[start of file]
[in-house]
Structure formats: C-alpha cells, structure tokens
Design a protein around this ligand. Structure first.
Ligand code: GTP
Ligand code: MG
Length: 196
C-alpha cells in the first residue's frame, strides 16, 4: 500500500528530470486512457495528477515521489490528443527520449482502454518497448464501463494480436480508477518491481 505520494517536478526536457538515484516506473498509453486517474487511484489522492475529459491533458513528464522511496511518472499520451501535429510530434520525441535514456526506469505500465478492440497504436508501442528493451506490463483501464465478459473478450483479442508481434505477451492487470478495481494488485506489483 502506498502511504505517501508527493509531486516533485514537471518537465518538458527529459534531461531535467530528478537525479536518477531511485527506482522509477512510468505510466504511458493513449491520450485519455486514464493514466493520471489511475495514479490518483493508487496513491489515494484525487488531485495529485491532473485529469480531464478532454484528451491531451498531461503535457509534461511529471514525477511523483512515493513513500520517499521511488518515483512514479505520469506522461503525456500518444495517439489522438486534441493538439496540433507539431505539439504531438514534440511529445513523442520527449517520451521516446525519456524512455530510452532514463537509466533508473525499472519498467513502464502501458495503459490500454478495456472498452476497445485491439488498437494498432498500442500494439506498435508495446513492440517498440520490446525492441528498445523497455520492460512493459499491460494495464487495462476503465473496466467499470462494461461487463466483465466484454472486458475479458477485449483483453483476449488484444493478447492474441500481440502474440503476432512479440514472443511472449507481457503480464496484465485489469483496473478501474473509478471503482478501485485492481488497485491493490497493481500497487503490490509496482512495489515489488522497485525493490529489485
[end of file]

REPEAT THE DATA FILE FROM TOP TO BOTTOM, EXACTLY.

[in-house]
Structure formats: C-alpha cells, structure tokens
Design a protein around this ligand. Structure first.
Ligand code: GTP
Ligand code: MG
Length: 196
C-alpha cells in the first residue's frame, strides 16, 4: 500500500528530470486512457495528477515521489490528443527520449482502454518497448464501463494480436480508477518491481 505520494517536478526536457538515484516506473498509453486517474487511484489522492475529459491533458513528464522511496511518472499520451501535429510530434520525441535514456526506469505500465478492440497504436508501442528493451506490463483501464465478459473478450483479442508481434505477451492487470478495481494488485506489483 502506498502511504505517501508527493509531486516533485514537471518537465518538458527529459534531461531535467530528478537525479536518477531511485527506482522509477512510468505510466504511458493513449491520450485519455486514464493514466493520471489511475495514479490518483493508487496513491489515494484525487488531485495529485491532473485529469480531464478532454484528451491531451498531461503535457509534461511529471514525477511523483512515493513513500520517499521511488518515483512514479505520469506522461503525456500518444495517439489522438486534441493538439496540433507539431505539439504531438514534440511529445513523442520527449517520451521516446525519456524512455530510452532514463537509466533508473525499472519498467513502464502501458495503459490500454478495456472498452476497445485491439488498437494498432498500442500494439506498435508495446513492440517498440520490446525492441528498445523497455520492460512493459499491460494495464487495462476503465473496466467499470462494461461487463466483465466484454472486458475479458477485449483483453483476449488484444493478447492474441500481440502474440503476432512479440514472443511472449507481457503480464496484465485489469483496473478501474473509478471503482478501485485492481488497485491493490497493481500497487503490490509496482512495489515489488522497485525493490529489485